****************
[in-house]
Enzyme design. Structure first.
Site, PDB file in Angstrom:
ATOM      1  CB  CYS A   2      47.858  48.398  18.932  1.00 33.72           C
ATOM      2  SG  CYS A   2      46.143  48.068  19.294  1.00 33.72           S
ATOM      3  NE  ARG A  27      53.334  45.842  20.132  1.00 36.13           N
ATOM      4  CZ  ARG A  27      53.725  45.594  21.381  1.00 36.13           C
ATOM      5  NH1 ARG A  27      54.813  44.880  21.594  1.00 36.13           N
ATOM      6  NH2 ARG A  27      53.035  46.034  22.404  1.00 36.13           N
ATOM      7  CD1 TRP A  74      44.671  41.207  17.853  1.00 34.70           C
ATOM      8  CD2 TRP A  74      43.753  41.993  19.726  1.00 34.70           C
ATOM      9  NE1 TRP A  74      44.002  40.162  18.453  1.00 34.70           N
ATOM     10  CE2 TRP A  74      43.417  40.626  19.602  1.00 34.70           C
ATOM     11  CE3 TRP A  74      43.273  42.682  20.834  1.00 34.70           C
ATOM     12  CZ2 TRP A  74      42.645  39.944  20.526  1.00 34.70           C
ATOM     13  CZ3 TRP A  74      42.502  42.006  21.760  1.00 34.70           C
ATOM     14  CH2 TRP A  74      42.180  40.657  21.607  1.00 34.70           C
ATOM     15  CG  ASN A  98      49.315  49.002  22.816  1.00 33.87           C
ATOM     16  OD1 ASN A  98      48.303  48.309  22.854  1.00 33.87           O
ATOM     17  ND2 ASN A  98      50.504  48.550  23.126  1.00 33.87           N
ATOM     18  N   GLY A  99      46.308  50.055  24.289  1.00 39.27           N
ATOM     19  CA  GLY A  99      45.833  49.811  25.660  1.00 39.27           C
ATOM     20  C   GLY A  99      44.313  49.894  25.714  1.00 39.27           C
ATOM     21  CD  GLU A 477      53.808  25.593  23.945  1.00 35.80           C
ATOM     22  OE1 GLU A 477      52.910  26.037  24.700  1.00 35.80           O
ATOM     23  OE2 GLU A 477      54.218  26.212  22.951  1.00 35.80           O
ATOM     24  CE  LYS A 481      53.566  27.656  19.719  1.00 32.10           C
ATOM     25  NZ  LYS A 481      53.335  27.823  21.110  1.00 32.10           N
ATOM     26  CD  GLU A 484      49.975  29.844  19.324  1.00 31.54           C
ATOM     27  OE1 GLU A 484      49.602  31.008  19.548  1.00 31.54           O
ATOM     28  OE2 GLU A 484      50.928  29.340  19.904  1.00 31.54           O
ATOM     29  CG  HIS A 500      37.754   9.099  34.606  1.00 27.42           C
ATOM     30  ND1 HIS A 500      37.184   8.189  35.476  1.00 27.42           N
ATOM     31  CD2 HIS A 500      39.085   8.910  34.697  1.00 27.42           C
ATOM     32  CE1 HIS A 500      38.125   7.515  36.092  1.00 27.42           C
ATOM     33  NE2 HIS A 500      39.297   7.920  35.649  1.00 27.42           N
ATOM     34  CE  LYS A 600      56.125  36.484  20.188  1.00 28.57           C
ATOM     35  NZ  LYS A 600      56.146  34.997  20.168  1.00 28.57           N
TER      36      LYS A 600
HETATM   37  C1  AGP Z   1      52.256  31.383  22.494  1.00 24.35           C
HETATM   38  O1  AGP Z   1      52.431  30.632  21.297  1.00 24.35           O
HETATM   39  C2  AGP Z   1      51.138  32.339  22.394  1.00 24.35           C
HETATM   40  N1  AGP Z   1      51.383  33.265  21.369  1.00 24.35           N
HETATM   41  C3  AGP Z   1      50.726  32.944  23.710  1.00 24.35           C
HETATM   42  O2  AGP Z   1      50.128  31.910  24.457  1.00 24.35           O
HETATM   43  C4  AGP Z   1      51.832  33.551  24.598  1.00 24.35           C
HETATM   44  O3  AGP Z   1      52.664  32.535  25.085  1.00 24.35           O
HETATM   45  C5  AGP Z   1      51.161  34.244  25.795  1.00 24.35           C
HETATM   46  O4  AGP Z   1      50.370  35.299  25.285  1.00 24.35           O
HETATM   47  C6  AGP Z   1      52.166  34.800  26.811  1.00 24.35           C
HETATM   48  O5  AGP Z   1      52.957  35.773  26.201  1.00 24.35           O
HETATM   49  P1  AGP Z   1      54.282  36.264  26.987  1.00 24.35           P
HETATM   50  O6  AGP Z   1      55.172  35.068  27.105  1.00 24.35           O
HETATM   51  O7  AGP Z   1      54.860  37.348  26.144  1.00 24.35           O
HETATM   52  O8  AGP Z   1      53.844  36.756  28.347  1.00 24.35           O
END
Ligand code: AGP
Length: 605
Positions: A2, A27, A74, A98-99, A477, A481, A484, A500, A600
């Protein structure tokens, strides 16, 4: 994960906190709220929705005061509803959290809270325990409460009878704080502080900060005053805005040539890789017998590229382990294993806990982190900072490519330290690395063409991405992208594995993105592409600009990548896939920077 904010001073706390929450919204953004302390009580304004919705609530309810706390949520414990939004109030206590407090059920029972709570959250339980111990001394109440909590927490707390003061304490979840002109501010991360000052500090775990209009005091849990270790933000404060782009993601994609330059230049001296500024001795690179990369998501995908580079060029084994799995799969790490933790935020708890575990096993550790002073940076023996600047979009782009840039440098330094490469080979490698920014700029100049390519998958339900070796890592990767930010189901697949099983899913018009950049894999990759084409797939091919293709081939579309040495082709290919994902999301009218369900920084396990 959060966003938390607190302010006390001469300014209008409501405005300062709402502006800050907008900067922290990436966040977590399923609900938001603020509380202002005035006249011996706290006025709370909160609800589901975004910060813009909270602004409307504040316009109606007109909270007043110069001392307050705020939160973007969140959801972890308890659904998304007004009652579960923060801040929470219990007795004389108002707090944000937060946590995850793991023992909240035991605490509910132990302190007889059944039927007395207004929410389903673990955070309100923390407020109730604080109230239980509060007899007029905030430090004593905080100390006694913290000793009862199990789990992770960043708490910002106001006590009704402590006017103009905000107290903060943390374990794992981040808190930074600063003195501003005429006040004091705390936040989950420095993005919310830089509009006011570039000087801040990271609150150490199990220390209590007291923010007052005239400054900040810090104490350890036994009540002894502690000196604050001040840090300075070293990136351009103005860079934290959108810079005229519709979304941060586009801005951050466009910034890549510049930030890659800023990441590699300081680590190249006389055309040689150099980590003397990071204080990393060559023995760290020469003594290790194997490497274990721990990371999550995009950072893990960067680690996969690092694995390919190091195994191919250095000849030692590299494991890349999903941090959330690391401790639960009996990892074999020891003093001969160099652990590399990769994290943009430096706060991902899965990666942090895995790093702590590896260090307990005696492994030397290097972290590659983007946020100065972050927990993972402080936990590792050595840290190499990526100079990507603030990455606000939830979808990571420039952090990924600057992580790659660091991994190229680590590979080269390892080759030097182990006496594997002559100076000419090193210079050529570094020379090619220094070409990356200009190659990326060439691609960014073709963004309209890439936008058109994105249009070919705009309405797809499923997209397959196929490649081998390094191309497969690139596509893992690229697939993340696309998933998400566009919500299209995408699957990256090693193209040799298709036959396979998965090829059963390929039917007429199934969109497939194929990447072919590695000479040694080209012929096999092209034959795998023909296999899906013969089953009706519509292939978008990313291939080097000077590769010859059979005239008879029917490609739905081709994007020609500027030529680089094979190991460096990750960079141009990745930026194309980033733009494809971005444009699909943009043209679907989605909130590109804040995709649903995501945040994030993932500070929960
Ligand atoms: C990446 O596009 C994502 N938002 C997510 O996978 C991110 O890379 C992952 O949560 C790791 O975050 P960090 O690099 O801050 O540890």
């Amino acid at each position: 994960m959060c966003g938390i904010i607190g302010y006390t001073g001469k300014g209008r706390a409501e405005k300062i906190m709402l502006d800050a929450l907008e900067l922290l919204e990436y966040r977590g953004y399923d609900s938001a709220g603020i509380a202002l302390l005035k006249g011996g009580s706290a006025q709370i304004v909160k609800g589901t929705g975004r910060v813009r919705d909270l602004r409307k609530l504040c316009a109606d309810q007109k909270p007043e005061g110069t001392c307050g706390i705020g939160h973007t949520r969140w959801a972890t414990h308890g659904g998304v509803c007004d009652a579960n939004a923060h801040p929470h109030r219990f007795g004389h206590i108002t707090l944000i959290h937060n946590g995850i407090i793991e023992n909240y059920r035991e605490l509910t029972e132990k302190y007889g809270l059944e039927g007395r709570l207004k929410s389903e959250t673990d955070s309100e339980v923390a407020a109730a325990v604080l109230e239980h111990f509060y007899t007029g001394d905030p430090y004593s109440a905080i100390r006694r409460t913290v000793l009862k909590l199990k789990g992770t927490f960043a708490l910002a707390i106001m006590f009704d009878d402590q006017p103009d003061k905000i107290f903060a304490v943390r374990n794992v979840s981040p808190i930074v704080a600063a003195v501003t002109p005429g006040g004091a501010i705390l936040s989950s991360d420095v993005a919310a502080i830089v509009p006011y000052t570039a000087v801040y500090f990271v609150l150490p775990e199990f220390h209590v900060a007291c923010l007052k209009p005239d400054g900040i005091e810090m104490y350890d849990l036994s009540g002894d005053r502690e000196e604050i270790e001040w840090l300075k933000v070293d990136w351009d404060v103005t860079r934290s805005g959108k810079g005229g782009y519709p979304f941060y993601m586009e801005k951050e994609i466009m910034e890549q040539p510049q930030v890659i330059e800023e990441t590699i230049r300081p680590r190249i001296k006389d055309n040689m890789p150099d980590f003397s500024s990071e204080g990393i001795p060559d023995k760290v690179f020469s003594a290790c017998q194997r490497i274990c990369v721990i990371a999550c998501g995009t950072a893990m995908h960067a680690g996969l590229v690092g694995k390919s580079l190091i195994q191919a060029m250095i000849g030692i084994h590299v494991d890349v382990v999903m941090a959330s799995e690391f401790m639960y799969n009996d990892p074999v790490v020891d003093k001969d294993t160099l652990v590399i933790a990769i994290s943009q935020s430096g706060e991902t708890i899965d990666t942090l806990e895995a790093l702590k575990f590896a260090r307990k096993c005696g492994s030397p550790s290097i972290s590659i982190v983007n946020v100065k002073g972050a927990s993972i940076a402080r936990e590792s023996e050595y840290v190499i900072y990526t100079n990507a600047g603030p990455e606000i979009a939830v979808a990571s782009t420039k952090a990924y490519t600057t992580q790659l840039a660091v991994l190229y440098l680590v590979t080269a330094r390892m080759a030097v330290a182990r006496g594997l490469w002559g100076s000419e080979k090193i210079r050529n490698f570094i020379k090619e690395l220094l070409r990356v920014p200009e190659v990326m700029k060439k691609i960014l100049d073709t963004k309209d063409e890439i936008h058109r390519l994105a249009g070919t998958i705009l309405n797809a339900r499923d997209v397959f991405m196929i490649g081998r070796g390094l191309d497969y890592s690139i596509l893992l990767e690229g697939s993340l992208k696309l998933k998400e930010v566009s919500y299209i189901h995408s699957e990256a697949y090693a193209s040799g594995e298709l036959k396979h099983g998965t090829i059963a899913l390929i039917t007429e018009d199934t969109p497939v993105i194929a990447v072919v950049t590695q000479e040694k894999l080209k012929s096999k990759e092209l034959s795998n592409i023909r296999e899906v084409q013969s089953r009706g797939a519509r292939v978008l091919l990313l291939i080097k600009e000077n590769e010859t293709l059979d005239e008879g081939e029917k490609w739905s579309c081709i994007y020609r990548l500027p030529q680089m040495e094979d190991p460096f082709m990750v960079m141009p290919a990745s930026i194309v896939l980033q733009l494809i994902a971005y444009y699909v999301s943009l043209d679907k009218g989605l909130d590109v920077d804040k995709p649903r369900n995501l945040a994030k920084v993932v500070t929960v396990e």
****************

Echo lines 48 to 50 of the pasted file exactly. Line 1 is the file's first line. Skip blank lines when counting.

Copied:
HETATM   45  C5  AGP Z   1      51.161  34.244  25.795  1.00 24.35           C
HETATM   46  O4  AGP Z   1      50.370  35.299  25.285  1.00 24.35           O
HETATM   47  C6  AGP Z   1      52.166  34.800  26.811  1.00 24.35           C